By Matt Davies (Mexico)
A few weeks ago, I received a circular email which featured the passing of legislation in Guatemala commonly known as the “Monsanto Law“, or as it is officially called, la Ley de Obtención Vegetal (Law for the Protection of New Plant Varieties). As is common around the world when governments wish to bury unpopular measures, the Act was passed with little media fuss at the height of the World Cup furor in June this year and with an absence of consultation with the agricultural sector.
The Act gave producers intellectual property rights over the seeds of newly “created” species and varieties, or genetically modified existing ones, patenting their “creation”. Such “creators” are typically companies producing transgenic seeds. Whoever produces or reproduces a patented species without authorisation, would face maximum fines of US$1300 and up to four years imprisonment. This includes keeping a small part of the harvest for next year’s seed, as is traditional farming practice, which effectively ties farmers to buying all their seed from the large multinationals for whom this Act is intended. It will come as no surprise that the Act was enacted as part of the Free Trade Agreements between Guatemala and the USA signed in 2005.
The many opponents of the Act point to the fact that in a country where malnutrition is a severe problem (according to Unicef, 2 out of 3 Guatemalans do not have the means to adequately feed themselves and nearly half of under fives are chronically malnourished), the Monsanto Law is in no way intended to encourage food sovereignty and may well exacerbate food insecurity as small and medium scale farmers are left vulnerable in time to the Act’s consequences. This vulnerability takes particularly the form of debt, with farmers having to pay for seeds, and consequently for the herbicides and fertilisers upon which these new strains are reliant. Given that in Guatemala there are over a million family farmers alone, who produce nearly 50% of the total agricultural sector output, any measure that jeopardises their livelihood may have serious consequences for food security in the country as a whole.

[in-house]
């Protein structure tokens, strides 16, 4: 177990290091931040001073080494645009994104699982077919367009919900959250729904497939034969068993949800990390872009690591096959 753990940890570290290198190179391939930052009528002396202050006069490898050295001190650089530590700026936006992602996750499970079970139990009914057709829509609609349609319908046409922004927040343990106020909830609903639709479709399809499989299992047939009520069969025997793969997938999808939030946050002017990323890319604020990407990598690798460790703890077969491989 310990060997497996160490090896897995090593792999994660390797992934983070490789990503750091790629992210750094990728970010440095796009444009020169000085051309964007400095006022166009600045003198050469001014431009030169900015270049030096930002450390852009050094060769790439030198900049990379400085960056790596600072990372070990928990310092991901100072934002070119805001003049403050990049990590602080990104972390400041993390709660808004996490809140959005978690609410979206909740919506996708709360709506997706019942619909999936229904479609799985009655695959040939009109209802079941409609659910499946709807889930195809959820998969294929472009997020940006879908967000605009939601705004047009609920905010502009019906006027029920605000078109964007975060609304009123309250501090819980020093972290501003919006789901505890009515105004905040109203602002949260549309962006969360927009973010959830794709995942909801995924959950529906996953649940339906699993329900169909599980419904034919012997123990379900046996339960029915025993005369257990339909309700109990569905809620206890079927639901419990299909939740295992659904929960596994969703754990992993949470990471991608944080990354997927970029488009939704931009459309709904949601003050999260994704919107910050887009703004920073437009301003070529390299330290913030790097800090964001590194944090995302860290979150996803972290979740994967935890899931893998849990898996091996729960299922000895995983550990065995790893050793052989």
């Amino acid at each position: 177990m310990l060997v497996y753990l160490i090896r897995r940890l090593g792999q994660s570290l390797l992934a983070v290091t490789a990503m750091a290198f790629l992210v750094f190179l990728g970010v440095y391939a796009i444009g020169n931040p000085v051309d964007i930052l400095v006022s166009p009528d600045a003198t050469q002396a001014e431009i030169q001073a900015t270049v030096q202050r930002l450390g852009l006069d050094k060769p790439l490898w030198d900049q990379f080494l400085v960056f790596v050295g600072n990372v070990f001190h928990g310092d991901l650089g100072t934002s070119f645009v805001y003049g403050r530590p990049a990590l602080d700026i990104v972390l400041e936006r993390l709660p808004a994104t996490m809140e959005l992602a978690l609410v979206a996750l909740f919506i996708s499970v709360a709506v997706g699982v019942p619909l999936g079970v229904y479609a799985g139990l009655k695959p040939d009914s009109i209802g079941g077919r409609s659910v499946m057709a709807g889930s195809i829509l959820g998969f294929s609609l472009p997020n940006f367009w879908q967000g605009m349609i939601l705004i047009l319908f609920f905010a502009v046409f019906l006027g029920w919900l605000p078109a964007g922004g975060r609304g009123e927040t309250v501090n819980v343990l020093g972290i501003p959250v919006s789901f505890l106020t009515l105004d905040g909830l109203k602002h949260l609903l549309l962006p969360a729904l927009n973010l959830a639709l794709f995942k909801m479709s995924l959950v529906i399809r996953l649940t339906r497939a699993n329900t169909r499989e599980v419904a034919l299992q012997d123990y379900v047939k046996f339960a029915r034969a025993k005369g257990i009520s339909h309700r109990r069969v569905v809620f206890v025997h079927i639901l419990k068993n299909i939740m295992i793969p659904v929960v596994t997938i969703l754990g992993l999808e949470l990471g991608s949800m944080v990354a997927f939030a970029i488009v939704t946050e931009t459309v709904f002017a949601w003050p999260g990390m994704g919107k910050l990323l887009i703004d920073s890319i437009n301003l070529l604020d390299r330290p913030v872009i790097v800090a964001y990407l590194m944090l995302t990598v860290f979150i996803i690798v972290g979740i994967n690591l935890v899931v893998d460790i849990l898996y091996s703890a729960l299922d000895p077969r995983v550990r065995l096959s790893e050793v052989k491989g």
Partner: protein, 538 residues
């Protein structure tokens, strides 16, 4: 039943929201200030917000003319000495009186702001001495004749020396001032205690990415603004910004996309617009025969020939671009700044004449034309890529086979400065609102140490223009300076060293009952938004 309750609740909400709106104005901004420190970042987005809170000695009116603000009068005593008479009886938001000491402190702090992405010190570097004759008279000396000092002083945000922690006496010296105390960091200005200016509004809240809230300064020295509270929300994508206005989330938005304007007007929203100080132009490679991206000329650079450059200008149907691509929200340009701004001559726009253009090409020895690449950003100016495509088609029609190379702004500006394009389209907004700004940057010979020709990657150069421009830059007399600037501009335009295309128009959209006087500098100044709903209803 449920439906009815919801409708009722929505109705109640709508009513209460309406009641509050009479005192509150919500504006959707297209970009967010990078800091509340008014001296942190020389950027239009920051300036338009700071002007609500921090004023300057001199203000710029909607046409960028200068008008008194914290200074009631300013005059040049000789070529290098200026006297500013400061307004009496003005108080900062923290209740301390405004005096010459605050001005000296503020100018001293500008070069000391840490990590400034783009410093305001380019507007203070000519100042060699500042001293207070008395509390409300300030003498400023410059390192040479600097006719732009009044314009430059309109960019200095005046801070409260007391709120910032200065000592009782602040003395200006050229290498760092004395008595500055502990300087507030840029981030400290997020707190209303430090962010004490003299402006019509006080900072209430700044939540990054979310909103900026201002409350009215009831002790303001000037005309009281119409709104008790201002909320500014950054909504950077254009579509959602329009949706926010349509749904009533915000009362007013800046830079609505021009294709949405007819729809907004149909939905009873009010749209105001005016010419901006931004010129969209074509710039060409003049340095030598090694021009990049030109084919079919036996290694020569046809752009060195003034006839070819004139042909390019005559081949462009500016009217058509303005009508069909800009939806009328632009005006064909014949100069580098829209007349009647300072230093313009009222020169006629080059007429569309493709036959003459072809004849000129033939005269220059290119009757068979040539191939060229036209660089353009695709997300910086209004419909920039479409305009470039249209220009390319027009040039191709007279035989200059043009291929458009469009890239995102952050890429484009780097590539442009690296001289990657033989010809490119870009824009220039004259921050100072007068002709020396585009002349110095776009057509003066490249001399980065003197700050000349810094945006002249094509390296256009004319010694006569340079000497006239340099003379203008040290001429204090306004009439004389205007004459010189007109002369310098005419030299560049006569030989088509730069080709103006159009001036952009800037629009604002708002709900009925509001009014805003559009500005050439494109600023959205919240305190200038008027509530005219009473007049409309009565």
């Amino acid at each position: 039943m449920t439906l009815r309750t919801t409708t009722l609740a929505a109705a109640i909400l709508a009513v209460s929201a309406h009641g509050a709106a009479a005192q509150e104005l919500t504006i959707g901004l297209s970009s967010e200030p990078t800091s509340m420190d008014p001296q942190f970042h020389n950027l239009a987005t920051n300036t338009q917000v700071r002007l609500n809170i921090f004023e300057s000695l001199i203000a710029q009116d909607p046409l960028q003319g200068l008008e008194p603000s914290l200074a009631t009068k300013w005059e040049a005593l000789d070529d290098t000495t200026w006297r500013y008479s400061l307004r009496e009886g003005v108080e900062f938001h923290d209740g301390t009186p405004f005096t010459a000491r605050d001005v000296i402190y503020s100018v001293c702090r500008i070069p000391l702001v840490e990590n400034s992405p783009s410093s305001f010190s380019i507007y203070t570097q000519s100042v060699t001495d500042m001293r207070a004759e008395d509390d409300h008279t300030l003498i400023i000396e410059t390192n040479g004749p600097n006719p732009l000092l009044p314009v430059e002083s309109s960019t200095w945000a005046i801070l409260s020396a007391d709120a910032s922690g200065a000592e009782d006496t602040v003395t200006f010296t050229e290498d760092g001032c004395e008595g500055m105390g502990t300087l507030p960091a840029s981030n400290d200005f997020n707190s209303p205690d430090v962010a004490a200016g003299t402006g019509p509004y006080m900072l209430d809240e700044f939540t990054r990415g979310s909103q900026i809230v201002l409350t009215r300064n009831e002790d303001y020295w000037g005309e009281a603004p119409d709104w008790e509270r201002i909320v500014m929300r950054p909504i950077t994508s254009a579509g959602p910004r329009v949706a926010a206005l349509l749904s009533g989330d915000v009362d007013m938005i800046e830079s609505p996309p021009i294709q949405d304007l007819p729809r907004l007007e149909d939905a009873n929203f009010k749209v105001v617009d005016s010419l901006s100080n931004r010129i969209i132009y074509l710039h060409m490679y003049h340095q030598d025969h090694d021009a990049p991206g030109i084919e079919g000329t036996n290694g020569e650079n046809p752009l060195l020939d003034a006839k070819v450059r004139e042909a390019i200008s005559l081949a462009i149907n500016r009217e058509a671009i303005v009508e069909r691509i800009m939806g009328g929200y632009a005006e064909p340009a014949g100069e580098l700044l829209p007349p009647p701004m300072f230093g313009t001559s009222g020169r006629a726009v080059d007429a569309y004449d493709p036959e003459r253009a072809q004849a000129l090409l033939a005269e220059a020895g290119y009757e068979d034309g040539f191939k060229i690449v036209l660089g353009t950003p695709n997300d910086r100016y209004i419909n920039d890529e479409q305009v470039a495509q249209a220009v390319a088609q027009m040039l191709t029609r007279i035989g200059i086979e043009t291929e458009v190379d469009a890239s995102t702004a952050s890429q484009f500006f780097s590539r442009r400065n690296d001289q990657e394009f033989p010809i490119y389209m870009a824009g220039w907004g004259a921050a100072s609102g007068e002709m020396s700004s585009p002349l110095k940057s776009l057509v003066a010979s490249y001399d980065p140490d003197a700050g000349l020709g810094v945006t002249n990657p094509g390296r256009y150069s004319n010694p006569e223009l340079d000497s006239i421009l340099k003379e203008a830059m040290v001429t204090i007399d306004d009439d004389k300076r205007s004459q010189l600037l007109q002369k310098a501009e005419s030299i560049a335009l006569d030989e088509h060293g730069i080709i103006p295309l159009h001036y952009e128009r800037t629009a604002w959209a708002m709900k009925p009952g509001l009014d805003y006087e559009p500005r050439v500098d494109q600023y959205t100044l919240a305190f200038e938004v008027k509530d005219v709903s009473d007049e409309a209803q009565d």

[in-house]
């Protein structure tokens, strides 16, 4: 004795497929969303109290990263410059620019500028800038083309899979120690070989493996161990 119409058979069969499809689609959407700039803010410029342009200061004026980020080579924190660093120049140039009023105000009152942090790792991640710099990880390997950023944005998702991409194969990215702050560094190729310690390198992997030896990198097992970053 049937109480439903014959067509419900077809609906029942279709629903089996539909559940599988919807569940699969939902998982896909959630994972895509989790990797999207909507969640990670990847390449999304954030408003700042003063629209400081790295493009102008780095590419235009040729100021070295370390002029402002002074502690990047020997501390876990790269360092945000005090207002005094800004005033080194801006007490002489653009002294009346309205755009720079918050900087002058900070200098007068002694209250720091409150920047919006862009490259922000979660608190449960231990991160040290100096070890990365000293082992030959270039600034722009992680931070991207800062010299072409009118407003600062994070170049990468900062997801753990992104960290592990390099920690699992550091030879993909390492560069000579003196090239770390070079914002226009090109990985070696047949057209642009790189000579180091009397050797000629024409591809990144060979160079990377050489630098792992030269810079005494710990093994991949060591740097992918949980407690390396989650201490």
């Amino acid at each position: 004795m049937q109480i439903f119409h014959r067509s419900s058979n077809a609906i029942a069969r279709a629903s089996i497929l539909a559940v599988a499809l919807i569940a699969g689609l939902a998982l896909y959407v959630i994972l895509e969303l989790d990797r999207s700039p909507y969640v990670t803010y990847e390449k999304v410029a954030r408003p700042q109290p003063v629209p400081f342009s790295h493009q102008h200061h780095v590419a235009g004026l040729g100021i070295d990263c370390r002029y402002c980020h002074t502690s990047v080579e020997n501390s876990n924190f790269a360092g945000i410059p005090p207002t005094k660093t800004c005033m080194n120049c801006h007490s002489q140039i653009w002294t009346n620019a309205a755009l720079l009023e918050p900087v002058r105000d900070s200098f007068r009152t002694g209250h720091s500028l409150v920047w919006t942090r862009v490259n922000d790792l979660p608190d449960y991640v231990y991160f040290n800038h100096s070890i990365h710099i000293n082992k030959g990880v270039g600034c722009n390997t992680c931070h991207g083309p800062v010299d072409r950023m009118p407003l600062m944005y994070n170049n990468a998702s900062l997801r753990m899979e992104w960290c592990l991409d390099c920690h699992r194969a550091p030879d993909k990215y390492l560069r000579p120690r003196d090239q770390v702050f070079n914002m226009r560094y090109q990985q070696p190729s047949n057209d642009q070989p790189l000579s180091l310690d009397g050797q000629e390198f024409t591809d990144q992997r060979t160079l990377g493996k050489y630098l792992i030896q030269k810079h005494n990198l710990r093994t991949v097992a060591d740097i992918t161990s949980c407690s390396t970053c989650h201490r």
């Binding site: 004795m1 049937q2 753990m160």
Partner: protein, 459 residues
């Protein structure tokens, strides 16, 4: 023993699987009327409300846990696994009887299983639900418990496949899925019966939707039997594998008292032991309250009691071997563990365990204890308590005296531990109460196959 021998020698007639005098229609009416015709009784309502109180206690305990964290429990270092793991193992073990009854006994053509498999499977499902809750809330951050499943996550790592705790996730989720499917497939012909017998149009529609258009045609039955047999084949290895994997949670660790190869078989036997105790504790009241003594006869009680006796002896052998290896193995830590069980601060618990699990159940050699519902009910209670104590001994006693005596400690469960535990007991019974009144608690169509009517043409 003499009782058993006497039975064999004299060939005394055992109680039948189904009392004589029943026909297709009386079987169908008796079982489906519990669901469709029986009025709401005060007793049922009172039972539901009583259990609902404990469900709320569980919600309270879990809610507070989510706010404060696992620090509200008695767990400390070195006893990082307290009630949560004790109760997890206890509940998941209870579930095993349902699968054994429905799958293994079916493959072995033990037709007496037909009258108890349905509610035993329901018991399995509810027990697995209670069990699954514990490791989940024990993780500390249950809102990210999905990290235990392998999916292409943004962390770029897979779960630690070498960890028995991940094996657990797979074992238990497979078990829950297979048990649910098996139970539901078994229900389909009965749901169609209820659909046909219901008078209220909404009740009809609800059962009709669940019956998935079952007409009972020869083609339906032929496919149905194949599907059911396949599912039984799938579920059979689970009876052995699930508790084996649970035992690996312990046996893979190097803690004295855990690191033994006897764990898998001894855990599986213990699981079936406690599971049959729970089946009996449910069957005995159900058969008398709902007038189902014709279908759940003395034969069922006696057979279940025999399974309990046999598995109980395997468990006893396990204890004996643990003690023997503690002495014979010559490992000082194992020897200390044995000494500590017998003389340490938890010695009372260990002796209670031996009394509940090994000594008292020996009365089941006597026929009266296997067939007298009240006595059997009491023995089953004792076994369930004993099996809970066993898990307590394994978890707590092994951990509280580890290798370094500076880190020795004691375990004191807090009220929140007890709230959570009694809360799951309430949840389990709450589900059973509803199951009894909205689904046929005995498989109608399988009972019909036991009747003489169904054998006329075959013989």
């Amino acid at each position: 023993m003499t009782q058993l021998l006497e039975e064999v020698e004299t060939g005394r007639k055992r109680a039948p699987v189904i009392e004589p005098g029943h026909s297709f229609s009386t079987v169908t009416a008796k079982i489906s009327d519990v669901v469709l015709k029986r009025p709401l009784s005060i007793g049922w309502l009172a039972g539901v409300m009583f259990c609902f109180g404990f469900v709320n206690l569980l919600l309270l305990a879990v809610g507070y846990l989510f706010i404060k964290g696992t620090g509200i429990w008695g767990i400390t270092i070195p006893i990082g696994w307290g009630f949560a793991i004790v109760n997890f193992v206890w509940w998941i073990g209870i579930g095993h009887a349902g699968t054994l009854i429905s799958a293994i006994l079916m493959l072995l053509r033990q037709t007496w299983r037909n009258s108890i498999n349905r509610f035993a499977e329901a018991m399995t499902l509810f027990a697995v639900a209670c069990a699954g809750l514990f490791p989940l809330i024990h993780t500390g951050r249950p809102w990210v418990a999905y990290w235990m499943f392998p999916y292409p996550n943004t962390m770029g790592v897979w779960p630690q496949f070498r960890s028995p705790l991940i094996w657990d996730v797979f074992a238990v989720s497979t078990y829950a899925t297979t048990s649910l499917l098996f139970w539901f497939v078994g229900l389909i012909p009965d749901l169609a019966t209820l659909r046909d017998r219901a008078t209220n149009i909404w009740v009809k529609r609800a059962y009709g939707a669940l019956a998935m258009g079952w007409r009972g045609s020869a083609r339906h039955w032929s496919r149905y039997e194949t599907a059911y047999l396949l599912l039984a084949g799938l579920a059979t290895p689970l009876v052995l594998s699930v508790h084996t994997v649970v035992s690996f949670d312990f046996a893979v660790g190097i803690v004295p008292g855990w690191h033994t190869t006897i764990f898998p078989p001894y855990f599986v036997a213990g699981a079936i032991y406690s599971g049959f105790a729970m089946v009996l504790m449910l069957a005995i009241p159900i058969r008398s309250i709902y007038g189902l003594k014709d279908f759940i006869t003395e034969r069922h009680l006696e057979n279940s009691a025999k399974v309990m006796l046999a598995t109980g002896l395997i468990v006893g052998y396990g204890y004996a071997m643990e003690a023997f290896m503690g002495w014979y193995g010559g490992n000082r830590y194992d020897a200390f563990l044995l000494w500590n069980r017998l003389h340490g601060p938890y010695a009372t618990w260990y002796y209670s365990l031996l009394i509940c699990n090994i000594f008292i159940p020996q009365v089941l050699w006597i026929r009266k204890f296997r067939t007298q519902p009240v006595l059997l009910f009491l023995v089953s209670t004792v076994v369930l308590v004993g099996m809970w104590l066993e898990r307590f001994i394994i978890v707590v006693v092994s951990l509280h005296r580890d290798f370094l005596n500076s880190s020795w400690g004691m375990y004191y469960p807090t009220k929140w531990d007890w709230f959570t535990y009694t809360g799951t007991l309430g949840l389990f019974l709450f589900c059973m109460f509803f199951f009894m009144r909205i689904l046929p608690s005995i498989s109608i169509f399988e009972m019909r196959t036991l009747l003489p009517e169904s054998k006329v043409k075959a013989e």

You need only listen to families living in extreme poverty to understand the impact of food insecurity on people’s everyday lives. As part of an effort to enable participants in ATD Fourth World’s projects to voice their experiences of poverty, doña H. spoke of how she strives to provide for her children under the constant worry of never having enough to eat. She speaks of hard times when they “had nothing more than beans to eat”, of constantly looking for new ways to bring in money to “calm the throats of the children, ” who become “fed up of having only tortillas and beans to eat.”
The fear of increased hunger, as experienced by doña H. and her family and too many millions of Guatemalans, as well as the threat to the country’s biodiversity, has seen widespread mobilisation of diverse people and groups in opposition to the Act. These included scientists and academics, but also representatives from grassroots farming and indigenous communities.
On 29 August the Constitutional Court imposed a temporary suspension of enactment of the Act and on 4 September, 117 out of 158 members of the Guatemalan Congress voted to repeal the Act in its entirety. Such successful mobilisation and political pressure, a true victory for democracy in Guatemala, will hopefully be a step towards widespread public engagement, not only in the right to food and in preserving biodiversity, but also in the broader fight against extreme poverty.